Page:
On The Soul
body as such.
We must not understand by that which is 'potentially capable of
living' what has lost the soul it had, but only what still retains it;
but seeds and fruits are bodies which possess the qualification.
Consequently, while waking is actuality in a sense corresponding to
the cutting and the seeing, the soul is actuality in the sense
corresponding to the power of sight and the power in the tool; the
body corresponds to what exists in potentiality; as the pupil plus the
power of sight constitutes the eye, so the soul plus the body
constitutes the animal.
From this it indubitably follows that the soul is inseparable from
its body, or at any rate that certain parts of it are (if it has
parts) for the actuality of some of them is nothing but the
actualities of their bodily parts. Yet some may be separable because
they are not the actualities of any body at all. Further, we have no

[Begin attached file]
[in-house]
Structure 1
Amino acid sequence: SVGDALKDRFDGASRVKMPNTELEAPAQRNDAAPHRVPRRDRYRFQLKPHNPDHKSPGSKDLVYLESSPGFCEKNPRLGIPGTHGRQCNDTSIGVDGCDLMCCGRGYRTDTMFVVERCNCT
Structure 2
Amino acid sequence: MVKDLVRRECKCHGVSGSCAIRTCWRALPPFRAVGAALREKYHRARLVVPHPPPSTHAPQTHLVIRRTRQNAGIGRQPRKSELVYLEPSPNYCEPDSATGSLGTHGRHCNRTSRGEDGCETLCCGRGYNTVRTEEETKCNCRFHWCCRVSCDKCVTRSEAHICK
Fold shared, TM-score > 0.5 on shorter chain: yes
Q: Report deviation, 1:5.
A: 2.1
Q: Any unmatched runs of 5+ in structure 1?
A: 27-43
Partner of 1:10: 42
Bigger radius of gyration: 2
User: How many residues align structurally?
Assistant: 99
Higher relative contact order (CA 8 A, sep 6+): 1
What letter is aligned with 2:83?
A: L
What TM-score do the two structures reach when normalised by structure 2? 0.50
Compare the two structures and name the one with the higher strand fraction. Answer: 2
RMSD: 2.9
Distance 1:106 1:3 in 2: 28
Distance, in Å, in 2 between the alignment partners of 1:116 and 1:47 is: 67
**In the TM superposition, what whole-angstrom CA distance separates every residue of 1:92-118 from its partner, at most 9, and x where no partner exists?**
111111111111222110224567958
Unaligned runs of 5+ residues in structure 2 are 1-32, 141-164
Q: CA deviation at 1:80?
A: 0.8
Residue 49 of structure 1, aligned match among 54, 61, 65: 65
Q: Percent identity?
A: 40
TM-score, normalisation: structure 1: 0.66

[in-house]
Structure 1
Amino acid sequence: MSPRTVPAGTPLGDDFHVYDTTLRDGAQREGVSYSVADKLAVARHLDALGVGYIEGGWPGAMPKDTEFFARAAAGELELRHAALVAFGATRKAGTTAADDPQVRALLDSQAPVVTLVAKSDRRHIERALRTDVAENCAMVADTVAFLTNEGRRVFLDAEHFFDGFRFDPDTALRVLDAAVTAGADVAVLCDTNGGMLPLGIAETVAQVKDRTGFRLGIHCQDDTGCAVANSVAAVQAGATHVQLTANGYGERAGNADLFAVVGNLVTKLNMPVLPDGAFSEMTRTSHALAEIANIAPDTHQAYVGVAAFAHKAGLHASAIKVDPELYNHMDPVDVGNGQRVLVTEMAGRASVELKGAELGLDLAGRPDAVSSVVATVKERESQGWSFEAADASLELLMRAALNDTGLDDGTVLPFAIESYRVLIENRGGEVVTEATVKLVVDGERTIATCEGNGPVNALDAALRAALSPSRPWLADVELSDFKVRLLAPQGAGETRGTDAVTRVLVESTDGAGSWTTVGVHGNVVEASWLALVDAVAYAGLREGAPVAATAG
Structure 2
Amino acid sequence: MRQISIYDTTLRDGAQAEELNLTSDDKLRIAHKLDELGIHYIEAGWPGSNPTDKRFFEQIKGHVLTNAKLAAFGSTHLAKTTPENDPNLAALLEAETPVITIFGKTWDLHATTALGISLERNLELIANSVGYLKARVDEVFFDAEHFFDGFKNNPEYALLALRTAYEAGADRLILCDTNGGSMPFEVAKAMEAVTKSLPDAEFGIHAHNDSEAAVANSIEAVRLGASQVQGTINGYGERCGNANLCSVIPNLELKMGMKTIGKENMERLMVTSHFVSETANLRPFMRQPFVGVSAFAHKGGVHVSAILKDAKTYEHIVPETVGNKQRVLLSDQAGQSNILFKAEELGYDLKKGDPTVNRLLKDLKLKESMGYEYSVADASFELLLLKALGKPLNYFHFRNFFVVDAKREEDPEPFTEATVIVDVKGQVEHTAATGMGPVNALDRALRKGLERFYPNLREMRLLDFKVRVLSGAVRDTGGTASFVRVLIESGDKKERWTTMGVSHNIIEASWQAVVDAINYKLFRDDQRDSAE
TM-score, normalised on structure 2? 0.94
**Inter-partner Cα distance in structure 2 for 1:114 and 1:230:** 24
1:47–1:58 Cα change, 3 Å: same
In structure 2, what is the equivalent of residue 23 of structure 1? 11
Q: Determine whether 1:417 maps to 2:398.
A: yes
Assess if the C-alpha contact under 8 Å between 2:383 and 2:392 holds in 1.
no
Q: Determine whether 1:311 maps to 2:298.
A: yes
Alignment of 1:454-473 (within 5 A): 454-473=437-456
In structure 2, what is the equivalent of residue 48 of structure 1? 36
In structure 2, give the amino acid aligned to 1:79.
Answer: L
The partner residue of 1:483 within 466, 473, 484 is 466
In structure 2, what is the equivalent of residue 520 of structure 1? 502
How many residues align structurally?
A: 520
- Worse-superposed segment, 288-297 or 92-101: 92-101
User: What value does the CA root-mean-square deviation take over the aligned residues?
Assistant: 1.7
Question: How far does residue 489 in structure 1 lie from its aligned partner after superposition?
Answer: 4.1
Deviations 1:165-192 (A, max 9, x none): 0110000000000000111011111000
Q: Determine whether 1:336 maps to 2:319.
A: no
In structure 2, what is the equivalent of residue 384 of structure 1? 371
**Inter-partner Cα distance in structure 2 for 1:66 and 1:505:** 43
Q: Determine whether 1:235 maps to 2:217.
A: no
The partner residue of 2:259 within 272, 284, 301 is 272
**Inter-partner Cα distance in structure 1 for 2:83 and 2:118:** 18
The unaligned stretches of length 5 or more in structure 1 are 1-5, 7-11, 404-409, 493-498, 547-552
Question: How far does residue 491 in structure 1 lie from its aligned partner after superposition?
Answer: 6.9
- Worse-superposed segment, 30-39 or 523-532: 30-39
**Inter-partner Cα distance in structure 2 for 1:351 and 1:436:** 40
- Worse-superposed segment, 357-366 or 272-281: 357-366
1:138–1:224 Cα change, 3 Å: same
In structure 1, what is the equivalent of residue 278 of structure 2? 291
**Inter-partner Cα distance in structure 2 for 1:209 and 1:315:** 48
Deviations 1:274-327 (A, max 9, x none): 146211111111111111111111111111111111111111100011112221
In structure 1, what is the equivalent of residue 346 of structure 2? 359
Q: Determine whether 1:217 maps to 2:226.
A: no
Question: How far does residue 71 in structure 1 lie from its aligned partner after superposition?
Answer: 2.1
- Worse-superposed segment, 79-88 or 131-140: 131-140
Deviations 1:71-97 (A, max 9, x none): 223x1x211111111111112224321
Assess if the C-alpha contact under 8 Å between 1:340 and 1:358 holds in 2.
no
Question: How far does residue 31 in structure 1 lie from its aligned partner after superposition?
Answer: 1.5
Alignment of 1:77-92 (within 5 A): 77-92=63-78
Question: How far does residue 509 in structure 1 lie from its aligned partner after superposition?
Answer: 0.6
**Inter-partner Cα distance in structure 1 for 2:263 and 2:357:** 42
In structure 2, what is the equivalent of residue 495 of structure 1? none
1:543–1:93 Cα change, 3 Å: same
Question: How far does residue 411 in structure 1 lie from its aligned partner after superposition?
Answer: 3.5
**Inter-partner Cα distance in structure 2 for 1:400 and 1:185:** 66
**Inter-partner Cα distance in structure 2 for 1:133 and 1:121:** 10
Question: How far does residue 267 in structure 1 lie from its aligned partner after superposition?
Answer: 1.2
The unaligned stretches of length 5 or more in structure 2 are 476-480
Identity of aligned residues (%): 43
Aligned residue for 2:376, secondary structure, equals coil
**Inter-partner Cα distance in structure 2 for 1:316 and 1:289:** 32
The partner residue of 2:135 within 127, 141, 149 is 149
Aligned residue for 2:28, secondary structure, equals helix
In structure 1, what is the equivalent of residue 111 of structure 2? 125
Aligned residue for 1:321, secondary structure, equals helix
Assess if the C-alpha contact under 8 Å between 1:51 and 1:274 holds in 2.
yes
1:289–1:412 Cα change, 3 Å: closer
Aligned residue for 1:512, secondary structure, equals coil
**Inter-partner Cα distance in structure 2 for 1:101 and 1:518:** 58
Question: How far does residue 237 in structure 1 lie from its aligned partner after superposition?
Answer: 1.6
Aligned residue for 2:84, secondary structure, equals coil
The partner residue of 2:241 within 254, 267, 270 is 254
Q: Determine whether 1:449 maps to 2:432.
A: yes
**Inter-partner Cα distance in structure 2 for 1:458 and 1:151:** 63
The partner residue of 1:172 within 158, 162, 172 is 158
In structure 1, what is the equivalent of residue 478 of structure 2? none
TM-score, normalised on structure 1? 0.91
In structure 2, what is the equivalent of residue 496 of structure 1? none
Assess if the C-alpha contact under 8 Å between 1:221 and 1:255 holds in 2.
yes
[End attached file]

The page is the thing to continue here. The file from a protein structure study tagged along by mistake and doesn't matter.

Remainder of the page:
light on the problem whether the soul may not be the actuality of
its body in the sense in which the sailor is the actuality of the
This must suffice as our sketch or outline determination of the
nature of soul.
Since what is clear or logically more evident emerges from what in
itself is confused but more observable by us, we must reconsider our
results from this point of view. For it is not enough for a definitive
formula to express as most now do the mere fact; it must include and
exhibit the ground also. At present definitions are given in a form
analogous to the conclusion of a syllogism; e.g. What is squaring? The
construction of an equilateral rectangle equal to a given oblong
rectangle. Such a definition is in form equivalent to a conclusion.
One that tells us that squaring is the discovery of a line which is